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Question: What Is The Proper Way For A Track And Field Athlete To Take Creatine Monohydrate?

What is the proper way for a track and field athlete to take creatine monohydrate? Because I have experienced muscle pulls while taking creatine and have also read numerous reports that same has been happening to a very high percentage of track and field athletes. I usually take about 4 grams 1 to 1.5 hours before a Track practice or meet and I drink about 1.5 to 2 liters of water a day. How can I prevent this from happening again or can you suggest the proper way for a Track and Field athlete to take creatine monohydrate correctly?

Answer #1

First, you must realize that creatine is a supplement for explosion athletes like weight lifters and football players. If you are a sprinter, then creatine may be suitable for you. If you are a long distance runner, you may not benefit from the supplementation of creatine due to the extra muscle mass that you are carrying around for an extended period of time.

Secondly, there is no special way for you to supplement creatine. In order to get the most out of this supplement you need to take the product as suggested (the loading period then 5 grams per day for the maintenance level).

Please realize that one of the short term side effects of creatine is muscle cramping. This is simply because of the cell volumization that occurs when the muscle cells take in water. Overall, if you are not a sprinter, please reconsider your supplementation habits. If you continue the use, you may have to put up with the cramping that occurs.

Response #1 To Answer #1

I am very much confused about creatine. I myself have just started and am currently in the loading phase. You say that creatine will not help if you are a long distance runner because it gives you more muscle mass. This may be true, but if you work hard in a cardio workout, this will increase your endurance in the long distance runs and with the creatine it should help your muscles get stronger and add a bit of endurance as well. Isn't that right? More muscle mass, but cardio workouts will overpower that mass. I run the 800, 1500, and 3000 and I am wondering if going on creatine will slow me down. I include a cardio workout twice a week, and have workouts for my shoulders and arms one day and lastly chest and back.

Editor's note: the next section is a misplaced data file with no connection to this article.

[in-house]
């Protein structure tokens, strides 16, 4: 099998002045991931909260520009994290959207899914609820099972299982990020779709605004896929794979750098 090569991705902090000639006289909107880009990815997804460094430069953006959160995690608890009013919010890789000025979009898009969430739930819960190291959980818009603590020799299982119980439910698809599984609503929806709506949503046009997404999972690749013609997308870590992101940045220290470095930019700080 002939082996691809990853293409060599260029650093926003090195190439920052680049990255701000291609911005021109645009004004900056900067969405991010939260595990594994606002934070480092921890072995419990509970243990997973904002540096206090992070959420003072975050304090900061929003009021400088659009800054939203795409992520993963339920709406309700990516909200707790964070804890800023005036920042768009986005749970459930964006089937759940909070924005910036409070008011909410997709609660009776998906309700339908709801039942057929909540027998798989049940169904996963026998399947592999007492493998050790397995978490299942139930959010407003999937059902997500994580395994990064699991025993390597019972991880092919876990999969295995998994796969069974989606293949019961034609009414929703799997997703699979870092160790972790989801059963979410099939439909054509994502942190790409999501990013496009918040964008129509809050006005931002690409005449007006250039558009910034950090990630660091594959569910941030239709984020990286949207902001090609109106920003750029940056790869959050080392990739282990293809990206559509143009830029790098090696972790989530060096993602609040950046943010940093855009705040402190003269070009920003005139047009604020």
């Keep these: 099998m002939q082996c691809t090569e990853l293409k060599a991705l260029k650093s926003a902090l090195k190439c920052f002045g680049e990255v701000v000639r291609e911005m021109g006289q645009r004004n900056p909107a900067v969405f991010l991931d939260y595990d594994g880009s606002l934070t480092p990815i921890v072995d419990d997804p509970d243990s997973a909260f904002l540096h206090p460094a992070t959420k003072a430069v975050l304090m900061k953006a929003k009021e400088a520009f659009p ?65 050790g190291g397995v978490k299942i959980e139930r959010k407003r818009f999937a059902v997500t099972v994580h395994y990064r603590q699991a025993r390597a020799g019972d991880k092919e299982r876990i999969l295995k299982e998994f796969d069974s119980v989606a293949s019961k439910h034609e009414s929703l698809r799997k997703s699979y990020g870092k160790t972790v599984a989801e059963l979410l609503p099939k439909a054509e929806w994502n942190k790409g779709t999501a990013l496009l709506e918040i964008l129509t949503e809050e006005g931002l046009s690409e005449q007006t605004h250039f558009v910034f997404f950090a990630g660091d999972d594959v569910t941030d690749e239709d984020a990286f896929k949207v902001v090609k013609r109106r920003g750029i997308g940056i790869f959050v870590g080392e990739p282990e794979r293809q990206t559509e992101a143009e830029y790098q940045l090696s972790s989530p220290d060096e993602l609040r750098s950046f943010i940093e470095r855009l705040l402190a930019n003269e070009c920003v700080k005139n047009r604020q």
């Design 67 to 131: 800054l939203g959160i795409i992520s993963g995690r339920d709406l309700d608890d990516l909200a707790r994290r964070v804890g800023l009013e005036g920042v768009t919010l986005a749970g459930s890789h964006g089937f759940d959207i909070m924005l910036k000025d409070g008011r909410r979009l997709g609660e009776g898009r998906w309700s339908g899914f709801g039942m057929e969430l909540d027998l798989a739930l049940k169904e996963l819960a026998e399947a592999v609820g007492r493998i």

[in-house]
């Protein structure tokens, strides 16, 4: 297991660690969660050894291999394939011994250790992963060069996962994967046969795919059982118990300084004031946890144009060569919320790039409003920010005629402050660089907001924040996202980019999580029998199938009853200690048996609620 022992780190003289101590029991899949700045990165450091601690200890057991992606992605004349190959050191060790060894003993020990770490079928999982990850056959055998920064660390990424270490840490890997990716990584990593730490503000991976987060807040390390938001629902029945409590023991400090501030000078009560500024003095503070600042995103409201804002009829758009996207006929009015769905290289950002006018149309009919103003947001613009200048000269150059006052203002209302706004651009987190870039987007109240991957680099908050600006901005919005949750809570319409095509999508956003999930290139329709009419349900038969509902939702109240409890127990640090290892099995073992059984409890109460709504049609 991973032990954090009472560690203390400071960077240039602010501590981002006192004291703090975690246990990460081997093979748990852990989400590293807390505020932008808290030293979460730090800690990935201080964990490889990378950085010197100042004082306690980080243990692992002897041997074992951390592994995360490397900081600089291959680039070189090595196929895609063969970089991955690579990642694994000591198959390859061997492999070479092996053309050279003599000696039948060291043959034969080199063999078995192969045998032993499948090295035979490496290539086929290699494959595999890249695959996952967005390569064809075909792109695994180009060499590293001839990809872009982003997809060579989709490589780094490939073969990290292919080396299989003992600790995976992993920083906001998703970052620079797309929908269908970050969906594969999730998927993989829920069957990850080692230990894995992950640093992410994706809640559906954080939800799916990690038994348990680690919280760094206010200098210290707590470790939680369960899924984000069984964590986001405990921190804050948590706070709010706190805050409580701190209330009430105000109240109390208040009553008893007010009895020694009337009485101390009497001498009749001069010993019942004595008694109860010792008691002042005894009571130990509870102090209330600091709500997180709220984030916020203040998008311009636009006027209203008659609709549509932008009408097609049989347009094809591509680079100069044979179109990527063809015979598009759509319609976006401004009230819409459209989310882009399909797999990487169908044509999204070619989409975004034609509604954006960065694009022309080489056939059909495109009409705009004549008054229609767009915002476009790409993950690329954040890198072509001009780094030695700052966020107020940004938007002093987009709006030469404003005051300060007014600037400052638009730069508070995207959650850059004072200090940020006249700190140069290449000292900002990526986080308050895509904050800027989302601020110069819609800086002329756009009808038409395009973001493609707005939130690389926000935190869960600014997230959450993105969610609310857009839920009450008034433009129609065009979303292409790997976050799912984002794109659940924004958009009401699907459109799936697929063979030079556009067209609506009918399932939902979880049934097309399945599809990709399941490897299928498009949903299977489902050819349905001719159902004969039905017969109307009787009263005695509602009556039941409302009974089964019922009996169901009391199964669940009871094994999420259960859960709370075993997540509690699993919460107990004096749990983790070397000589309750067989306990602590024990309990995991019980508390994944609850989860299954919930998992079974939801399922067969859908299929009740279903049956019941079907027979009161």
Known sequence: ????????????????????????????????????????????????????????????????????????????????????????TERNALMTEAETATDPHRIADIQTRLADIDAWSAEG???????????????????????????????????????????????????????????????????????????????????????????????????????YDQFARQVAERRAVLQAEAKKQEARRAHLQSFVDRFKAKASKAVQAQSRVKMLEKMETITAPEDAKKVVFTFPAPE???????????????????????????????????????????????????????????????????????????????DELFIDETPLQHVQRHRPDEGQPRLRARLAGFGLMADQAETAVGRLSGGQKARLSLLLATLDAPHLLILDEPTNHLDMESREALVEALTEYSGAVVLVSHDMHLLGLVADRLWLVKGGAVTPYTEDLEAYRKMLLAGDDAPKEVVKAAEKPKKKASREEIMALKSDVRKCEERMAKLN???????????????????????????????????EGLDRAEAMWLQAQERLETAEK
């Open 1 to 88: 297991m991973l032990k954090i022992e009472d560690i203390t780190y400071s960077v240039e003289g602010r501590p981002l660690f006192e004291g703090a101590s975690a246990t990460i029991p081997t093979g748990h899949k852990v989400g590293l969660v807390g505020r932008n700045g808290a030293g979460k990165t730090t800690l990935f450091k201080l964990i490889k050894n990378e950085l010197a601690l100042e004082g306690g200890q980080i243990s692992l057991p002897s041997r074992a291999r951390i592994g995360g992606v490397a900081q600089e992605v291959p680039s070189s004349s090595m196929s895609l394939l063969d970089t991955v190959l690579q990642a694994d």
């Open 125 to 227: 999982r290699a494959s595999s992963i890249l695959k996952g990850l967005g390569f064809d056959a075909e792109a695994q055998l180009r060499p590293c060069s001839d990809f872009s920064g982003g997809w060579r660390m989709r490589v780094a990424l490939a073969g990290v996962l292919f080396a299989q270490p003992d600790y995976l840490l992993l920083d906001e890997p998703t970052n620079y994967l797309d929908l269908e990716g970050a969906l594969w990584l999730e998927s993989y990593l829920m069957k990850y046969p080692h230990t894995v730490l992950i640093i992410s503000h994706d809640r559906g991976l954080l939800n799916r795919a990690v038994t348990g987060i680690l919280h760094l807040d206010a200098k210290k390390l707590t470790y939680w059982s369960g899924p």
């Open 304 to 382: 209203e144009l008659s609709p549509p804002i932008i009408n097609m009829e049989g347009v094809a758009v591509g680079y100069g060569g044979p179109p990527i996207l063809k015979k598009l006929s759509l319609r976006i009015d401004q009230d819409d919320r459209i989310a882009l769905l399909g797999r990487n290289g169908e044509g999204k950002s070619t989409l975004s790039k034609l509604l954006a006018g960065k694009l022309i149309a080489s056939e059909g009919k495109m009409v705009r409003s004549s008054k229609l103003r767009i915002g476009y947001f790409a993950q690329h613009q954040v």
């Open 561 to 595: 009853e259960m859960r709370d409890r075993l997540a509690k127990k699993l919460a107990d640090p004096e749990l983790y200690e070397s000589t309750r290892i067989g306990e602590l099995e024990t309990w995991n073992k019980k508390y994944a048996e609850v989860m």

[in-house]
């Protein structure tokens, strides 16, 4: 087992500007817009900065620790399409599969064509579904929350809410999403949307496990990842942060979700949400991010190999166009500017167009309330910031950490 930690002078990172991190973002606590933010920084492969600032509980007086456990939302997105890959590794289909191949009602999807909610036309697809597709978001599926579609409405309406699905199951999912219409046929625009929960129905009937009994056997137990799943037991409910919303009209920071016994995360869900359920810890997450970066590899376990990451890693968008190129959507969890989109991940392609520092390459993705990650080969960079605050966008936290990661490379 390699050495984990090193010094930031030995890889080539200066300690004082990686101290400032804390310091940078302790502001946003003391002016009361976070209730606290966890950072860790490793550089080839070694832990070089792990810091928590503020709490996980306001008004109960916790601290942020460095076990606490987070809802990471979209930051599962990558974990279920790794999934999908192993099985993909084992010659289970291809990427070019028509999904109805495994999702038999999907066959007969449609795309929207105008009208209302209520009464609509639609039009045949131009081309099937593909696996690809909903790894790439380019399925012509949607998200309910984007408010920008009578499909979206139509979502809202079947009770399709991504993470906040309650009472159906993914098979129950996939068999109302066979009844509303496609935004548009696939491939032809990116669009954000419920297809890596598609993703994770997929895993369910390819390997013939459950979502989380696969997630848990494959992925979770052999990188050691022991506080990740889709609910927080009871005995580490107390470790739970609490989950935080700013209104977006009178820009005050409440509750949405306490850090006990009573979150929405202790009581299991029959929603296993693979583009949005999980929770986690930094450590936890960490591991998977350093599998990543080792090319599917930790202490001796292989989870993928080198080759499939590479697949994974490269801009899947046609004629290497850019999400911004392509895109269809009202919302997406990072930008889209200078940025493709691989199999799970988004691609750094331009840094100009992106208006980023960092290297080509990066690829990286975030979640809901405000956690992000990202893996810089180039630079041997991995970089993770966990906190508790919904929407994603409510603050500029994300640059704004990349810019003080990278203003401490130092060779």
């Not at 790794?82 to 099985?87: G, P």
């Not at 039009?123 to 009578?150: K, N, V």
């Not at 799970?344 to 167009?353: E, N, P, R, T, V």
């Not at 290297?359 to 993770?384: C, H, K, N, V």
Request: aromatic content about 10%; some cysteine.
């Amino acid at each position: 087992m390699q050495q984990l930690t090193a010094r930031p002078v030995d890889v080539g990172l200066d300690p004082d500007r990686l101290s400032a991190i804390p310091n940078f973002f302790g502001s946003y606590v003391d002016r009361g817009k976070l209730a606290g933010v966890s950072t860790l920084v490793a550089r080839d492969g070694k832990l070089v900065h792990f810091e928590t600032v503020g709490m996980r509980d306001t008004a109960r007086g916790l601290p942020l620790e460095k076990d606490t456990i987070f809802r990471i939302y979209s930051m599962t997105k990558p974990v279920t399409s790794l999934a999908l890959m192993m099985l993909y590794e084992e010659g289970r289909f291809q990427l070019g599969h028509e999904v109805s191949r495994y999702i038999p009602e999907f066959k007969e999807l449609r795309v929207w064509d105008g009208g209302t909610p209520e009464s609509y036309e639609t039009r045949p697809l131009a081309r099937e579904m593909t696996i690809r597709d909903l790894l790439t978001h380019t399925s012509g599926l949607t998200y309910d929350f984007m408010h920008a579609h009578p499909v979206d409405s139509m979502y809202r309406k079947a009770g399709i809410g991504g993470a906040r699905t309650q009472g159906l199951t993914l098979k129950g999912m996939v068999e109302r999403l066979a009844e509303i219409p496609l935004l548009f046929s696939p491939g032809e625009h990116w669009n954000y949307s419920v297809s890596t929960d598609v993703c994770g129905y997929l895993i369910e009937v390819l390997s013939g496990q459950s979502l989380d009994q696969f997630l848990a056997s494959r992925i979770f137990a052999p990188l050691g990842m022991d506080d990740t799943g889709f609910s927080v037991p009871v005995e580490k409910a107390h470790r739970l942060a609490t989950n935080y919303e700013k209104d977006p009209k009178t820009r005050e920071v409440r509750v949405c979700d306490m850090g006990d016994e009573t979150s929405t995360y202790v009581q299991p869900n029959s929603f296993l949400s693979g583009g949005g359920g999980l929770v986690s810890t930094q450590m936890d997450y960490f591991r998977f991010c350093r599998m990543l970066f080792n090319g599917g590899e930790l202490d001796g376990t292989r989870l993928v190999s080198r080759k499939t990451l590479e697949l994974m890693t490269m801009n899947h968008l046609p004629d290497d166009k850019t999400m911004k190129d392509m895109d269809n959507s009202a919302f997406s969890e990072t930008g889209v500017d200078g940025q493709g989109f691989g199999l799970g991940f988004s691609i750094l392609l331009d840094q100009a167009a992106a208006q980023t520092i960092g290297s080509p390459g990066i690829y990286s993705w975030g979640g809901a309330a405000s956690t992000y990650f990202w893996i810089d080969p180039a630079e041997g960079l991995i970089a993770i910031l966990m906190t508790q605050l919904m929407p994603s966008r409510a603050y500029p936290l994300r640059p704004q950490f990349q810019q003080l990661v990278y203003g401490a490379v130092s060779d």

I also play hockey and have some very tough tryouts in the summer. Would creatine and working out hard be a good combination? Or would I be better off just working out? You say that it is no good for long distance runners. Well, football takes a lot out of you too! And I would bet that football players run almost the same amount of yards in one game as a long distance runner does in his race.

Answer #2

True, creatine helps explosion athletes only. And I think I know how to fix the cramp problem - increase your water intake. I don't know exactly how much I drink myself but keep doubling your intake until you hit an optimum. You can do this experiment on your own. I have had injury and soreness free muscles for the past three months. Your alertness and mood also improves when you back up the creatine with enough water.

Response #2 to Answer #1

Bummer. I just bought some creatine because I thought it helped long distance runners. I have a half marathon in 2 weeks and thought I'd give it a try. Maybe help carry me through to the end. Guess I'm wrong, huh?

Answer #3

Well, I am only 13 and I started taking Creatine. And, to tell you the truth, I cant tell any difference in my performance and I am a sprinter.

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